Refining is a worldwide process. The long term forecast predicts high prices of raw petroleum, due to the progressive depletion of resources and the necessary adaptation of refining tools to market demand.
Production in France and Europe is far from balanced, with excessive petrol production and a serious deficit in diesel oil production. This situation, combined with a marked evolution in product quality, notably in terms of sulphur content, results in a considerable investment requirement to respond to the issues at stake, i.e. numerous extension or modification projects in classified installations… Technically speaking, the refining process is not in need of catalytic cracking as much as hydrocracking and hydrotreatment with high hydrogen pressure and, in the long term, more barrel bottom treatment.
There are currently 12 refineries in France, which treated over 86 million tons of raw petroleum in 2006, with an availability rate of nearly 90%. The main 4 refining companies operating in France are Total, Shell, Esso and INEOS. The regions concerned are Haute Normandie, Provence Alpes Côtes d’Azur, Rhône-Alpes, Nord-Pas-de-Calais, Pays-de-la-Loire, Ile de France and Alsace.
Risks of accident:
Main environmental nuisances:
2Prevention and protection measures: 2
The measures taken to reduce the risk at source are extremely varied in light of the multitude of situations encountered, from the follow-up of the processes to the monitoring of the different depots (storage of raw petroleum, refined products, liquefied flammable gases etc.)
Fire detection and control resources remain a key issue in refineries and require on-site professional firefighting teams, completed in most cases on major industrial platforms by mutual assistance agreements with other neighbouring chemical or petrochemical companies.
Refineries are “upper tier” SEVESO sites for most of their activities. Risk assessment reports for new or modified installations, revised or additional risk assessment reports required by the legislation, provide a mapping of effect areas and therefore potential hazards affecting these installations. This mapping process, combined with the mapping of the issues related to the vulnerability of the local environment, is a crucial element in the execution of PPRTs (Technological Risk Prevention Plans) in refineries and their related installations.
The prevention of water pollution and, when necessary, the recovery of polluted water and extinguishing water, the monitoring of the special waste produced, should be constant concerns as should the monitoring of internal polluted sites and soil.
The distancing from housing areas and, if required, specific acoustic measures during the design phase, should reduce noise to a tolerable level.
In light of the increasing expectations of local residents, special attention is paid to the monitoring of air pollution occurrences (in particular SO2) or odours, for which population information and alert procedures have been in place for several years. These procedures are regularly updated according to the evolution in regulatory requirements and experience feedback.
The issues of chronic exposure of the population to air emissions and the generated health hazards are increasingly the focus of debate, as are the consequences of long-distance emissions on the environment and human health. Specific air protection plans (PPA) and related actions, undertaken by industrial companies under the authority of the Inspectorate, are a response to the legitimate expectations of employees or local residents (action to reduce SO2-NOx emissions by 2008 –2010, action to control VOC emissions, notably benzene, etc.).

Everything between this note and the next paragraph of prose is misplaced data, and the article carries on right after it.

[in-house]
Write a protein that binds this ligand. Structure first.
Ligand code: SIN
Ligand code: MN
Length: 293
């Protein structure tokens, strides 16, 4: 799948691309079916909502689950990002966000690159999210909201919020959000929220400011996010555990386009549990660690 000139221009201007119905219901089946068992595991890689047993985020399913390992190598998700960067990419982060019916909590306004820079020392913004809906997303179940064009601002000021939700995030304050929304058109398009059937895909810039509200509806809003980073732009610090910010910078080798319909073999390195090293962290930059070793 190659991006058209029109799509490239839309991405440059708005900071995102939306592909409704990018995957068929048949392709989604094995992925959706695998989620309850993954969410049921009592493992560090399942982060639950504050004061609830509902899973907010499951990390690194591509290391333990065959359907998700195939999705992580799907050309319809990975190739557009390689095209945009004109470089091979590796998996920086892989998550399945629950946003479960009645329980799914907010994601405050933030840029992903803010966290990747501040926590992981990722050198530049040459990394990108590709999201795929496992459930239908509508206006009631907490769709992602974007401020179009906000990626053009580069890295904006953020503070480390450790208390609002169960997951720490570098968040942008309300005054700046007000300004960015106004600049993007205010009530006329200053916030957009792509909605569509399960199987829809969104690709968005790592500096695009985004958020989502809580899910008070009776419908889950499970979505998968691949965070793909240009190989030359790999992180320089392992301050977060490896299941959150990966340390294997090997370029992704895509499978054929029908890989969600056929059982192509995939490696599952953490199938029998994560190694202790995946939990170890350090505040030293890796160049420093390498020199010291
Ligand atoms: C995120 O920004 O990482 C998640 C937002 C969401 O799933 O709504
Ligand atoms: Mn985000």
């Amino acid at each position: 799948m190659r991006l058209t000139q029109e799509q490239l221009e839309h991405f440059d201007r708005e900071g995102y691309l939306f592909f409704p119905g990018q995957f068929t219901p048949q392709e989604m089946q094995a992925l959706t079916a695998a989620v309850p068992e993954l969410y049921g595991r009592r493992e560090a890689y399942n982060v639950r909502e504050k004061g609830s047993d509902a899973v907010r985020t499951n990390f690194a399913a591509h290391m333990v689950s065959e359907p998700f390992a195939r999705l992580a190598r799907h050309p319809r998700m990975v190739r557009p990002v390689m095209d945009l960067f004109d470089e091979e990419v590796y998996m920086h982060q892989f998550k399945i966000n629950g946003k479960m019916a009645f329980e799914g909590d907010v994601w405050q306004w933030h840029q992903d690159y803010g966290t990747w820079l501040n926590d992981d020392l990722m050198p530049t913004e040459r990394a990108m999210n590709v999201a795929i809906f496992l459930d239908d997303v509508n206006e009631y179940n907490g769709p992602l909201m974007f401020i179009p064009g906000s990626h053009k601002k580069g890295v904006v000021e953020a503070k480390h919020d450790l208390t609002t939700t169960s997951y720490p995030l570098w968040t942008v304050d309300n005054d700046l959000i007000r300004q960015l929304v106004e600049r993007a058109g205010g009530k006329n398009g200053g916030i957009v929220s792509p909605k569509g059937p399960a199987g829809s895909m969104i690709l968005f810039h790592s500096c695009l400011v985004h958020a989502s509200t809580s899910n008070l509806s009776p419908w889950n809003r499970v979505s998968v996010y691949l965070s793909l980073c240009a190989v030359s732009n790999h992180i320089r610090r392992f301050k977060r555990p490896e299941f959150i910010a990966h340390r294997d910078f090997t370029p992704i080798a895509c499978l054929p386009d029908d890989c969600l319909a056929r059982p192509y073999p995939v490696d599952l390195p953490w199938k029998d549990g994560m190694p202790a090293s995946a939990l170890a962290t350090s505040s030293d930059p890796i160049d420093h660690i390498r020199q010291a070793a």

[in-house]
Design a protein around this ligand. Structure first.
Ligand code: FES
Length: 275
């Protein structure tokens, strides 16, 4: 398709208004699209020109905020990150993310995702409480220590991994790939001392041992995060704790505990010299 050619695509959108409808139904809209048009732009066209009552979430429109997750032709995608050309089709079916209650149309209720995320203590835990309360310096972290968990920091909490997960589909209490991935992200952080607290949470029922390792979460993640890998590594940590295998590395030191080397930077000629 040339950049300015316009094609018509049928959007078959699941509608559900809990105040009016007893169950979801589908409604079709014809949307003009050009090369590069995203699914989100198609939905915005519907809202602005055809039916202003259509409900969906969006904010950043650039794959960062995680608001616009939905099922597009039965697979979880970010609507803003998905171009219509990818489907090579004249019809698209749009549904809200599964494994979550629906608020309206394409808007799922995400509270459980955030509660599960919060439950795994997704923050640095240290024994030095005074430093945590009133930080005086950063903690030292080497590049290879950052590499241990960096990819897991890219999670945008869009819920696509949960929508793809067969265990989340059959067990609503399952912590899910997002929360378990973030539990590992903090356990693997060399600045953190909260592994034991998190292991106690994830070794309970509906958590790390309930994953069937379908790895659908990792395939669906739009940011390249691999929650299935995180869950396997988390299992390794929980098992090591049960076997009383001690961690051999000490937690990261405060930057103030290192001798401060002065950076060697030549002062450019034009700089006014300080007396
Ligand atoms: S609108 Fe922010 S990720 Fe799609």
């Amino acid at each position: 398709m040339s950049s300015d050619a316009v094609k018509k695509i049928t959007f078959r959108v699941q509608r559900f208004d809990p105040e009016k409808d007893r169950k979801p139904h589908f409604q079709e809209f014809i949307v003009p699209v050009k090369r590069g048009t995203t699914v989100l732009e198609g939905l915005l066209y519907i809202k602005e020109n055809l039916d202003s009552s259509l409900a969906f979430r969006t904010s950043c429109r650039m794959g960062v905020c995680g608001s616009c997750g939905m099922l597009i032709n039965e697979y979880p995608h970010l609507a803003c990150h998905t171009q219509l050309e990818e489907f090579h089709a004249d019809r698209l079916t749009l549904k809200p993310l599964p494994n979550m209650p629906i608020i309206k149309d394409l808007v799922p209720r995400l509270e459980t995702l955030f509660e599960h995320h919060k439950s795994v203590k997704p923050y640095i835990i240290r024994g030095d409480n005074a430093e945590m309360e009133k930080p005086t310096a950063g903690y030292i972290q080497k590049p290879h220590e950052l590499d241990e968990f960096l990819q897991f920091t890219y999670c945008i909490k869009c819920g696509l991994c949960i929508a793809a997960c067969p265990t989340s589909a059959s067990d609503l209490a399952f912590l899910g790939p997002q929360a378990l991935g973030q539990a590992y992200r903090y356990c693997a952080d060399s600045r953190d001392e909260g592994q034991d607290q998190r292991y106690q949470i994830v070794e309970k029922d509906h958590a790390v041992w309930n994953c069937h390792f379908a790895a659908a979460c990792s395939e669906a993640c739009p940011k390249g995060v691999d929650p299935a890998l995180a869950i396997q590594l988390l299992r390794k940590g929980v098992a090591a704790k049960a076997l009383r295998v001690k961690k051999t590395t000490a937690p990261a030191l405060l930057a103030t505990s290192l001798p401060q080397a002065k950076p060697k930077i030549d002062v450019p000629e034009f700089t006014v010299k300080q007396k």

Refineries are subject to the CO2 emissions trading scheme.
UFIP: French Union of Petroleum Industries
DGEMP: Directorate General for Energy and Raw Materials
INERIS: proposes a search engine for access to information on refineries or the storage of petroleum products, liquefied combustible gases (to be verified) etc.
Amended order of 4 September 1967 establishing layout and operating rules for plants processing raw petroleum, its derivatives and residue,
Ministerial orders of 9 November 1972 and 19 November 1975 relative to layout and operating rules for liquid hydrocarbons depots,
Order of 4 September 1986 relative to the reduction in the air emissions of hydrocarbons from storage activities,
Circular and technical instruction of 9 November 1989 relative to old flammable liquid depots
Order of 9 November 1989 relative to the distancing conditions to which the permit authorisation for new liquefied flammable gas tanks is subject, order of 10 May 1993 relative to the storage of liquefied flammable gases under pressure
Order of 8 December 1995 relative to the control of volatile organic compound emissions resulting from the storage of petrol and its distribution from terminals to service stations,
Amended order of 2 February 1998 relative to the water withdrawal and consumption as well as all types of emissions of classified installations for environmental protection,
Order of 22 June 1998 relative to underground tanks of flammable liquids and associated equipment,
Ministerial order of 30 July 2003 and amended Circular of 30 July 2003 relative to existing combustion installations of over 20 MW
Order of 13/12/04 relative to permit holding cooling installations dispersing water into an air stream under section no. 2921
Order of 13/12/04 relative to the general requirements applicable to classified installations for environmental protection with a declaration obligation under section no. 2921 Cooling installations dispersing water into an air stream
Decree of 25 February 2005 relative to the allocation of greenhouse gas emission quotas Order of 25 February 2005 relative to the allocation of greenhouse gas emission quotas